Maybe it’s because we are the generation of Jennifers, Megans, and Brittanys, but it seems like everyone wants their child to have a unique name nowadays.
Gone are the days of picking a name from the “Top 20 Baby Names of the Year” lists. Now we pick the names of our babies years in advance and jealously guard them from our family and friends in fear of theft, because if I told you I was naming my next child Jaxyn — you would steal it in a heartbeat, you filthy name-pilferer. And no, I’m really not doing Jaxyn. Go ahead and steal it.
When it comes to finding unique names though, many soon-to-be mothers have difficulty. It’s easy to assume that all the unique names have been taken, but it’s not true! Here are seven ways to create a “unique” name.
1. Use a character name from your favorite book/movie/television show.
This can be a bit risky if you want a truly unique name – it’s highly unlikely that you are the only person who enjoys your favorite television show. If you go this route, it’s best to use the character’s middle name or surname, or even to choose a really obscure character in the show. Everybody and their mother is going to have a kid named Daenerys or Tyrion in the next couple of years, so it’s better to opt for Targaryen or even Quaithe.
These types of names are doubly satisfying because not only will you have a unique name, but you can choose potential friends based on recognition ability!
2. Name your child after a little-known color or a noun.
I’m not talking about naming your bundle of joy Apple or something ridiculous like that — it’s way overused by now anyway. I’m talking about a really unique color or noun. You could be the first mother on the block with a Thistle (a color AND a noun!), a Cyan, or a Slate.
If you’re really into European names (and who isn’t now?) take a trip to your nearest IKEA and find your next child’s name among the Fyrkantigs, the Dagstorps, and the Norroras! You’ll know you have a really unique name if nobody else can pronounce it.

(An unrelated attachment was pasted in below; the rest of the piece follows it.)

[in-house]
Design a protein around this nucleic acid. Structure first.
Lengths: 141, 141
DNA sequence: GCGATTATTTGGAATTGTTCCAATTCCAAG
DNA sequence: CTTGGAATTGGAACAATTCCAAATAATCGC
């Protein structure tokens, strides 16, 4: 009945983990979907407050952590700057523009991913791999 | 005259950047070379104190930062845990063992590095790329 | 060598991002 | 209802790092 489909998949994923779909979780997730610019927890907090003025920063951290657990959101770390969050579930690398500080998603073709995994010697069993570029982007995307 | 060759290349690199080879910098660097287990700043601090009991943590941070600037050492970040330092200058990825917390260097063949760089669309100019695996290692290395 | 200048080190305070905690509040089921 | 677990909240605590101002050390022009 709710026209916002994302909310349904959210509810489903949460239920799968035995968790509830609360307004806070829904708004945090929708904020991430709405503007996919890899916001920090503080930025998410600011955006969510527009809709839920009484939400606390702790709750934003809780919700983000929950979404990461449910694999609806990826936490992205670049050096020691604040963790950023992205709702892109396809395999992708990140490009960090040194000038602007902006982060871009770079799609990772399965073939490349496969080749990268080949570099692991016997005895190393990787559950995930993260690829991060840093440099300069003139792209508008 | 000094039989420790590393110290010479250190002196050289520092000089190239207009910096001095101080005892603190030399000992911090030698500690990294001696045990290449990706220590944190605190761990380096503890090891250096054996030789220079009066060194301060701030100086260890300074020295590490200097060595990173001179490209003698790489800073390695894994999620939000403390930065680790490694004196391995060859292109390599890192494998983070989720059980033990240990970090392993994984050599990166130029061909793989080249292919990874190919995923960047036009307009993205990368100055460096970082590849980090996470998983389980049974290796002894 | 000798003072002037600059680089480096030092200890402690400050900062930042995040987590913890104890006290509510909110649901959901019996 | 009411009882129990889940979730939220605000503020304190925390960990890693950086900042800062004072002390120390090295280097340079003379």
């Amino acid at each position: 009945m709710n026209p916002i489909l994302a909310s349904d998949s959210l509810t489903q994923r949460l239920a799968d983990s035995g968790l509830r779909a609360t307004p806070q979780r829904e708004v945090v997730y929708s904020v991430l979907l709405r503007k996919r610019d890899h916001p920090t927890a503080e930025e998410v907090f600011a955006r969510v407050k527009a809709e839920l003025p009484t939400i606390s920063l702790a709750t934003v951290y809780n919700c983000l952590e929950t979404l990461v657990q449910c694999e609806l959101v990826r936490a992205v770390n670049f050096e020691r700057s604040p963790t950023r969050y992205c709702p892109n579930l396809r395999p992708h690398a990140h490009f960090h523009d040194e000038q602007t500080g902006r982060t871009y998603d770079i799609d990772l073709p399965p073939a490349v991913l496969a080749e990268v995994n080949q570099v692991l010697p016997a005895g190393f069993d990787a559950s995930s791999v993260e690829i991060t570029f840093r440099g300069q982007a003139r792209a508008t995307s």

3. Gender-bend a name.
This has been done before; Ryan Reynolds named his little girl James (and his wife’s name is Blake), Phoebe from Friends ended up naming one of her girls Chandler, and I went to high school with a female Michael. Need I go on? We all know using a male name on a female is edgy. But what if we switched it?
A boy named Sue. Or maybe something like Tabitha; you could call him Tabs. It sounds radical, but isn’t that what unique names are all about? Bend the rules!
4. Add extra letters or punctuation into the name.
Being a Megan has taught me the truth — people love to add unnecessary letters to names. I can’t count the times I’ve had my name spelled Meghean, Meagen, or Maghen. It’s so unique!
Right now the trend is to add “y” or “x” where other letters would be perfectly fine (Jaxyn instead of Jackson), so if you truly want to be unique, you have to come up with some different letters.
How many names do you see with the letter “Q”? Qellie. Qarter. Qonnly. Just leave out the “u” — we all know it’s superfluous anyway. What about throwing some silent “h”s around? Hrichard. Hennlhey. Ladies, the possibilities are endless!
And if new letters aren’t your thing, we all know that apostrophes and hyphens are vastly underutilized when it comes to names. How about Ni’Qwel? Ren-Nay? Sh’on-ly?
5. Look up some Greek and Latin roots to create a meaningful name.
You want beauty, you go to the most romantic of all languages — Latin.
Murial – like a mouse.
Lucidia – shining.
Latidia – wide.
Sibyneous – like a spear.
Diago – transmission.
All so lovely. All so full of history.
6. Create your own never-before-seen name.
It’s hard to realize how difficult this is until you’re sitting in your hospital bed post-birth with your pen poised over the birth certificate form, trying to come up with something amazing and different that your child will be proud to carry the rest of their life.
The simplest way to go about it is to combine two common (ugh) names that sound nice. Abilyn. Craigothy. Rebbenity. Tyoshua.
Mix and match, people. Mix and match.
7. Let your cat walk across your keyboard, or, if you don’t have a cat, let a toddler type on your keyboard.
My cat will provide an example: ,.l, oppppp’;njmazopl:UJIZUJSSS. Now how many kids do you know with that name? Zero? That’s what I thought.
Still not convinced? I’ll let my son Stormageddon show you how it’s done: ,., mnl,’?cv b
You’ll notice they both used punctuation I never even considered! From the mouths of babes. Or the fingers. Of babes. And dumb animals.
Now go out there and find your own unique name! You can do it!